Letter to Mary N. Collamer, December 25, 1856
I entirely agree with you in the opinion that if the gas cannot be entirely relied on, if you must still keep yourselves provided with other means for lighting, & especially for all parties and company, then it is very much better to be without it. I should myself submit to but very few such annoyances before entirely cutting off the whole matter& a return to that on which we can rely.
It is now what is called the holy day, that is entire suspension of business in
Congress, & really of great
dullness in the city. There will be nothing done for the week to come & I shall take the time to frank off the Documents I have now on hand. I have 700 Agricultural Patent office Reports to Send off I have only sent about 200. I wish you to tell William that i took the names of the Three Brewsters of Woodstock to send & have lost it & I want him to ascertain their names & send to me immediately & any others in addition which he thinks proper.
Peverdy Johnson told me a few days since, that Mrs. Bliss came with him from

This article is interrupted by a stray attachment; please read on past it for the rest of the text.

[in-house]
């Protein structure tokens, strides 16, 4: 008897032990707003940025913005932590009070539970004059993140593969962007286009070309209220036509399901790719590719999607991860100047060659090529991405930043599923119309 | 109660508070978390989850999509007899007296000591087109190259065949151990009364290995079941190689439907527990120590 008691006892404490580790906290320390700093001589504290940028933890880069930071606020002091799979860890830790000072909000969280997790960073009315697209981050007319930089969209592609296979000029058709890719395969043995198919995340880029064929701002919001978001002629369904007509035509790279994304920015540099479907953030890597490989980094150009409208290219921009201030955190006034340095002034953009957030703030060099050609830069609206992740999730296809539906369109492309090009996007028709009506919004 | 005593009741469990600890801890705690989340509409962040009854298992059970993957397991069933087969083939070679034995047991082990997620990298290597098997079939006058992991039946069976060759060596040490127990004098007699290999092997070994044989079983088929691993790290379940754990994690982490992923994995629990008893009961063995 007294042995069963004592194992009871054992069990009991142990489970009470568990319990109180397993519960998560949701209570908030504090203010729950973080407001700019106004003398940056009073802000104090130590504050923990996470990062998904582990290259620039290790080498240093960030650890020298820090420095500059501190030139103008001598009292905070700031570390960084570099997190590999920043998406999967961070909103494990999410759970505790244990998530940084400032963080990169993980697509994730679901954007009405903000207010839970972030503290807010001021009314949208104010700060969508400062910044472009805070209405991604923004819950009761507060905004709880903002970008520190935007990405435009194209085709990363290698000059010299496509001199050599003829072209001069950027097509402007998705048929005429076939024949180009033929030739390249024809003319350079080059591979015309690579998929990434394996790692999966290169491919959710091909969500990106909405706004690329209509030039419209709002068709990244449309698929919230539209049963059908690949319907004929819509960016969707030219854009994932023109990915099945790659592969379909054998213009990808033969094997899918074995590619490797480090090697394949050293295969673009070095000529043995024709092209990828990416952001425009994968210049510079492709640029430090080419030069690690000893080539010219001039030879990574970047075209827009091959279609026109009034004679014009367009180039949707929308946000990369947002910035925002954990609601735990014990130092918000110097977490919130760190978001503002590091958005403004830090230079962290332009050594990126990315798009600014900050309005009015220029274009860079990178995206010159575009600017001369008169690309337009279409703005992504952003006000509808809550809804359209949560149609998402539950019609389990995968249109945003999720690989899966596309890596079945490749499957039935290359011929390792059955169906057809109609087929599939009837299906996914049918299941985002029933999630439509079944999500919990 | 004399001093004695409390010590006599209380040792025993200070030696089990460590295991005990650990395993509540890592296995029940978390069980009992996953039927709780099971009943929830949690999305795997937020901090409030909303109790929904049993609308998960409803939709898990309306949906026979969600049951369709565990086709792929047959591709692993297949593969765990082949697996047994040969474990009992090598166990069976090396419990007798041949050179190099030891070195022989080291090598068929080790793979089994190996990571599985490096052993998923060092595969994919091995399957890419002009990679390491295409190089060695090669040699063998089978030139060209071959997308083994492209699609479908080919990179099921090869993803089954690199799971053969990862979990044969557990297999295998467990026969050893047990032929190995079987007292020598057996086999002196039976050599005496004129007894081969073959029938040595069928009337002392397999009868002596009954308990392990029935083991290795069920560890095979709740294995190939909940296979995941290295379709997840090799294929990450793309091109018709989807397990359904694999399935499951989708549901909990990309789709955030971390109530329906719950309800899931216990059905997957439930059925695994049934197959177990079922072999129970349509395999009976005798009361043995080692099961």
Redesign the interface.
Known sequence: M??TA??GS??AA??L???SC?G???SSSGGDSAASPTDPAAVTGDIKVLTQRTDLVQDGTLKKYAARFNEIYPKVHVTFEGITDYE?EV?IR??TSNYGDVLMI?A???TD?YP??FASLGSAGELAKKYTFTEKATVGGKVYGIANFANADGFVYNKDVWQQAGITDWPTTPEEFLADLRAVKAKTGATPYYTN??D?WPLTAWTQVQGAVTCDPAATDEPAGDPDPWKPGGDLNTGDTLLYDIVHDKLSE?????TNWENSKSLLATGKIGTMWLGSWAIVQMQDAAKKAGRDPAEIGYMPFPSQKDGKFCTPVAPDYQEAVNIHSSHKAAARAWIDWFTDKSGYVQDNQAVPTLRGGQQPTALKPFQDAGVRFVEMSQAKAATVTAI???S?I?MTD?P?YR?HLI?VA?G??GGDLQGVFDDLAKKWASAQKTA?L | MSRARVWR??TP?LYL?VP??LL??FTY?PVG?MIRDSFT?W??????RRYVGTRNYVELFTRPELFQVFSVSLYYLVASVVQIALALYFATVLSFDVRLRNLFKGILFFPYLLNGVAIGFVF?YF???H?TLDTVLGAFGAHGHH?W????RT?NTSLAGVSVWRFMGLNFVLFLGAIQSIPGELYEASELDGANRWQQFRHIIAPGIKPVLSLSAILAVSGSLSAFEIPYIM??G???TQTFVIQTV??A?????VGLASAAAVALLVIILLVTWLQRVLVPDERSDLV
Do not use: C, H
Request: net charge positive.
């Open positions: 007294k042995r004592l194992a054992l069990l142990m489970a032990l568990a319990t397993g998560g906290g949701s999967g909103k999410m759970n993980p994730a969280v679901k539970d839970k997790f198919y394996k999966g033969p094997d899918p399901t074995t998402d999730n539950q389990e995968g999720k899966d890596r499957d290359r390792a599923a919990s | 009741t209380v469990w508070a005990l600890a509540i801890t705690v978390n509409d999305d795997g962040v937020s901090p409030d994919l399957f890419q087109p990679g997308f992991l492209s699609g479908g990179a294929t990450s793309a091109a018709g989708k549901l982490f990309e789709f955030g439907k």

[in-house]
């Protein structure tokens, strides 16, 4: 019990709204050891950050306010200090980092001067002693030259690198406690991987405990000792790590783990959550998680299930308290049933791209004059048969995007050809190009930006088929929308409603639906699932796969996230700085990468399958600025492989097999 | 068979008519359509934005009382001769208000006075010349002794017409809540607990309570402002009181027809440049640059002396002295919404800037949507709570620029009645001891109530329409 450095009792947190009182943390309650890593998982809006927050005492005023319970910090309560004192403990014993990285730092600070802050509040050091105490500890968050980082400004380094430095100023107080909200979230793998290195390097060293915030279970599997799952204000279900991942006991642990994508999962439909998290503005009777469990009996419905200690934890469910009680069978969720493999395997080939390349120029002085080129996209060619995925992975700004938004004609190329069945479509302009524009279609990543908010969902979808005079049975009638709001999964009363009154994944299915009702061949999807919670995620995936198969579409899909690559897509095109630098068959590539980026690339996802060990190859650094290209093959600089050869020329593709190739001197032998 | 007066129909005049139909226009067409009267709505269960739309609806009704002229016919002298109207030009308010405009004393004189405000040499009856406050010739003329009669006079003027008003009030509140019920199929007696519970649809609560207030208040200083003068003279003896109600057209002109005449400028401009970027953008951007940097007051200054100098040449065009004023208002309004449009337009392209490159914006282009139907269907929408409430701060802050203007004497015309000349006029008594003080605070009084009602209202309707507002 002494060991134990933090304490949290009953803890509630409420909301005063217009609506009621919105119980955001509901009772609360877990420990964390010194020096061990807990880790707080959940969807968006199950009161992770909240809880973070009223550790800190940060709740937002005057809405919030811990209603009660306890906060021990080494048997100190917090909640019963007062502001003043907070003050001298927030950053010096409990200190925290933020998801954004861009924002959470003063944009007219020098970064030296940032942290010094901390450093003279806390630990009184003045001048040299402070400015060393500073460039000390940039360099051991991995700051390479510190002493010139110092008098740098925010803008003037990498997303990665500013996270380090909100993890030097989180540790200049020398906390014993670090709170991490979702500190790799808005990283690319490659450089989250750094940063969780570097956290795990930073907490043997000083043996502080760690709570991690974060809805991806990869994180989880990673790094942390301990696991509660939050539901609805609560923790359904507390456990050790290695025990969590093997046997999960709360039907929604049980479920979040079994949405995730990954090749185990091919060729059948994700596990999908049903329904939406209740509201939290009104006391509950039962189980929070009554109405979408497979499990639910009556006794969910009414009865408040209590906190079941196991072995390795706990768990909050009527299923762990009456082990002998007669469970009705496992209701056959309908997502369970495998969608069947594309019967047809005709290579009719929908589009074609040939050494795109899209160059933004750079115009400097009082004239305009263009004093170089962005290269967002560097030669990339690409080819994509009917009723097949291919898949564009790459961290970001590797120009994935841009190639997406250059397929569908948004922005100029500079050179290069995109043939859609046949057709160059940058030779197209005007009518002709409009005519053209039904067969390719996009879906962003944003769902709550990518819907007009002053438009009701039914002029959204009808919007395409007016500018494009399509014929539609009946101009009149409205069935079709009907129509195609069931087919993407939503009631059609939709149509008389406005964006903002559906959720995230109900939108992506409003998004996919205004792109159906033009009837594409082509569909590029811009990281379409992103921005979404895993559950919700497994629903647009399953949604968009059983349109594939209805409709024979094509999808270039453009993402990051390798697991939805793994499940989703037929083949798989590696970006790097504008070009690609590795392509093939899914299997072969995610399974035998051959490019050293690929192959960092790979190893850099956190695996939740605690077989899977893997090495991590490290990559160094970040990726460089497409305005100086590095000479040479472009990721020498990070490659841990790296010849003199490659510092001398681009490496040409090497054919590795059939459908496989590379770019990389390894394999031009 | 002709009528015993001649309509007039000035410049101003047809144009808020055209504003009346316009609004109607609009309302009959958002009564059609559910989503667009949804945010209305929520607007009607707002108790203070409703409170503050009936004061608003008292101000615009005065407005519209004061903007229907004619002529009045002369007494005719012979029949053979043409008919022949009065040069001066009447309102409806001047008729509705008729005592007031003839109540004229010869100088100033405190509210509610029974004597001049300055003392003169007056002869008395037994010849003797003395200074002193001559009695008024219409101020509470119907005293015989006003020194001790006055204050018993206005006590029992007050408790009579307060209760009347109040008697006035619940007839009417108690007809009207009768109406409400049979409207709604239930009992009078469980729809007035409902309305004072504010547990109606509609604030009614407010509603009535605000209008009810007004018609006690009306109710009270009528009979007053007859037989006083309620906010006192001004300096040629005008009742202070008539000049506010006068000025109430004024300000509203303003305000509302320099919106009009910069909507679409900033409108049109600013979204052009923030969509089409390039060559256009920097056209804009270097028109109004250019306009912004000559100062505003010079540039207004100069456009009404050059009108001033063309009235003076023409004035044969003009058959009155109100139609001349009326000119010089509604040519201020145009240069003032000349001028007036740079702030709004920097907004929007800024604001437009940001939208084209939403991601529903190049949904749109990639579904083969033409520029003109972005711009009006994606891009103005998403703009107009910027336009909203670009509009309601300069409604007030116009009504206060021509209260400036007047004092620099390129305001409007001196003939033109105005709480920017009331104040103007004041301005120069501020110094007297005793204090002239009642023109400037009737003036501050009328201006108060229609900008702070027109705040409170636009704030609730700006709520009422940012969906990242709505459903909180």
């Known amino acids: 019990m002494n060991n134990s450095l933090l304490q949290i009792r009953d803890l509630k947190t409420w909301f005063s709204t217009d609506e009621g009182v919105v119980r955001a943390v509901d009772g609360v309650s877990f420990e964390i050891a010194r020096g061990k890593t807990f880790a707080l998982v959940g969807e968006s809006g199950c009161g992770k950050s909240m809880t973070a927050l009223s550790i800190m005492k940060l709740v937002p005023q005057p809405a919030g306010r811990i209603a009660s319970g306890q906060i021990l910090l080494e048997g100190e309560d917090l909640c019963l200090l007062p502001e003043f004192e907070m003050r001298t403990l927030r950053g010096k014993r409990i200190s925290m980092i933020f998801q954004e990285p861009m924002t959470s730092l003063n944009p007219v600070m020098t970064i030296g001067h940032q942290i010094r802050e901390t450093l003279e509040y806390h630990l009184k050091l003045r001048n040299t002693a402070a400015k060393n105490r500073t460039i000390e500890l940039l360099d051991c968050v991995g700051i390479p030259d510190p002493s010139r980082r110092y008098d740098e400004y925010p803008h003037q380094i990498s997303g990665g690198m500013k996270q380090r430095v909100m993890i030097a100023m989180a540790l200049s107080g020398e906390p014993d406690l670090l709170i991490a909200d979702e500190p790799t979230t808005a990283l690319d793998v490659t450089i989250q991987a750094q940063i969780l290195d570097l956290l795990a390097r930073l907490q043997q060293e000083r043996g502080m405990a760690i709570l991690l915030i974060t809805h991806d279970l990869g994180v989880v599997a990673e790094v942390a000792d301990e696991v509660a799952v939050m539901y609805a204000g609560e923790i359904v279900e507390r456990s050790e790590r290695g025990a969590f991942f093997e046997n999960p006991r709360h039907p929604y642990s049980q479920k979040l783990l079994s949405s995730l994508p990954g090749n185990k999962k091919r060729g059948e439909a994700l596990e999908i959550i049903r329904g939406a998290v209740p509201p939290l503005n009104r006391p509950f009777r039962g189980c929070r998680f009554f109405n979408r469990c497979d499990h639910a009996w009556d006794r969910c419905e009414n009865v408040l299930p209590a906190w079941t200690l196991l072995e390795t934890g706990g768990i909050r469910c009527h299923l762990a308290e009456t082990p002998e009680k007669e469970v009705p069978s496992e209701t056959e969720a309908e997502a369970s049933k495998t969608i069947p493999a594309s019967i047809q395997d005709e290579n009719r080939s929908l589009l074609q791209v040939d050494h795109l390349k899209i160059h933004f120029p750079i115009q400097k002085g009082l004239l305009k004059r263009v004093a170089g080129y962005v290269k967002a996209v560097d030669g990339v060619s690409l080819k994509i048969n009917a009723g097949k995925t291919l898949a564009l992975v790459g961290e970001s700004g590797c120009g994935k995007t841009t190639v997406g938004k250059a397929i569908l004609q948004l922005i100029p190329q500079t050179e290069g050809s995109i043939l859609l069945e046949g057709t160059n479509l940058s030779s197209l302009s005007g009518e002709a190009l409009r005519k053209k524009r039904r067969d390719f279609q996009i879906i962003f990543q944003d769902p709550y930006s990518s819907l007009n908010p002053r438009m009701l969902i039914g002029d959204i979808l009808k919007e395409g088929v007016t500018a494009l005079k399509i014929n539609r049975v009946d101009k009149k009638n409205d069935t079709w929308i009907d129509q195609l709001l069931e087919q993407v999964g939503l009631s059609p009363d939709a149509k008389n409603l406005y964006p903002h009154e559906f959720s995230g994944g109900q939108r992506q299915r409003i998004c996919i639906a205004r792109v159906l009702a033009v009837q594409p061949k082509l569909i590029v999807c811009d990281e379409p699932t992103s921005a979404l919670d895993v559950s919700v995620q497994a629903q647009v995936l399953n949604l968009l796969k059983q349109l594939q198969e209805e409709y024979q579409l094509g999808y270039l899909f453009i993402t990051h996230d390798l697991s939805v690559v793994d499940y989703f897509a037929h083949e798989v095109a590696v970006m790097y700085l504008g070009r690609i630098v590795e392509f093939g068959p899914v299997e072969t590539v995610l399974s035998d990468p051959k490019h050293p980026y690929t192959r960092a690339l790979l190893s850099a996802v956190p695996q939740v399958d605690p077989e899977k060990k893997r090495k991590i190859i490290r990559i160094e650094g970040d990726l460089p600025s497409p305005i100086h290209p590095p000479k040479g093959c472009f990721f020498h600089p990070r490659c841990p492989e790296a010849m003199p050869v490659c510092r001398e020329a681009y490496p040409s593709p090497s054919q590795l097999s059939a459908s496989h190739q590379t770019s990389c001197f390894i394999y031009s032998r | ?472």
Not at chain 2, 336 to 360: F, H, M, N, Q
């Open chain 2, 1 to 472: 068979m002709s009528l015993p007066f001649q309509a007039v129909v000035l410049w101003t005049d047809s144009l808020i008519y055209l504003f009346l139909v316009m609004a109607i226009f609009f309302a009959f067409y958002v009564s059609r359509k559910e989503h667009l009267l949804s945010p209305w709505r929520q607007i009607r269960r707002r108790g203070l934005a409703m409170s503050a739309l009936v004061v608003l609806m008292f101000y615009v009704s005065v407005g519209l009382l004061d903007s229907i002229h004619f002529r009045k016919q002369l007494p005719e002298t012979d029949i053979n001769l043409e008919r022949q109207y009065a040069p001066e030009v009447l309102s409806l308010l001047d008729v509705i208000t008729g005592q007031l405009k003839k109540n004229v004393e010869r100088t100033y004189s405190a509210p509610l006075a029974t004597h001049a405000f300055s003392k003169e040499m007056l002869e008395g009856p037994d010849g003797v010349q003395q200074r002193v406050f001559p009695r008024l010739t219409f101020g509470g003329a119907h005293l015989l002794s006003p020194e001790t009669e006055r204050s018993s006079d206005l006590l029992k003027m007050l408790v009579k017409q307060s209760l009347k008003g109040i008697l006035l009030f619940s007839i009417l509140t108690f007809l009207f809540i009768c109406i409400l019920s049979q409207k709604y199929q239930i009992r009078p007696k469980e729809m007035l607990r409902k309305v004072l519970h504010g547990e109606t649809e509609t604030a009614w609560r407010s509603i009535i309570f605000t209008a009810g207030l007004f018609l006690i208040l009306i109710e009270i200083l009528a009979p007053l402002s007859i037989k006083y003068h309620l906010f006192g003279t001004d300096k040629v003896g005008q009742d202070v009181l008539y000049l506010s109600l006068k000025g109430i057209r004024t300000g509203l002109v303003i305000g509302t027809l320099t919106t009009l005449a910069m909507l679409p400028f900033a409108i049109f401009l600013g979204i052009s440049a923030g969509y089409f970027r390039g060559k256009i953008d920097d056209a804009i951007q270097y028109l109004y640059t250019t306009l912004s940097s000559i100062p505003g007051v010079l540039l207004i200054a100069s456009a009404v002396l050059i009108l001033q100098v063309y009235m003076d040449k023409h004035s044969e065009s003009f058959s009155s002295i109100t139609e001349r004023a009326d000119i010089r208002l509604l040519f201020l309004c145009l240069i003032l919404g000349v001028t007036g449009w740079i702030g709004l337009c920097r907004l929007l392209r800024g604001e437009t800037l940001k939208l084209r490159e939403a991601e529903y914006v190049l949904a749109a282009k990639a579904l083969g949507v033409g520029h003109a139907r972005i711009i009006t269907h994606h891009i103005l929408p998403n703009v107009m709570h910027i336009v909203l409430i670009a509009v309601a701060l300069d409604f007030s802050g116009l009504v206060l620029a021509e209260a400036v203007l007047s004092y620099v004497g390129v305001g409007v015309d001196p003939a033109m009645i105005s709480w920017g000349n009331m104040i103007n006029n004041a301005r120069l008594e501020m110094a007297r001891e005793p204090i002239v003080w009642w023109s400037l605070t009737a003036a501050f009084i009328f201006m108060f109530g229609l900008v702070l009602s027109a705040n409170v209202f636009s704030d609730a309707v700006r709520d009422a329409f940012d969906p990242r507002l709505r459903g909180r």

Baltimore & was at Dr. Wood's & that she mentioned to him that she wished to
see me. I yesterday called at Dr. Woods but did not see her. The servants reported she was out.
So I doubled down the corner & left my card & suppose I have done my duty. I would say by the way that Dr. Wood occupies a large new house a short distance from Mr Macount on the Same Street. I was in th parlors & they are the most splendidly furnished of any private parlor I have seen in the city.
Mr. Foot went to New York for his wife last week & they arrived here last evening. So we have now three ladies at our house, Mrs. McLam, Mrs Foot & a Mrs. Wade of Ohio.
I go out but little except to the Departments occasionally on business. I am quite well for me.
Love to you & to ours AffectionatelyYour Husband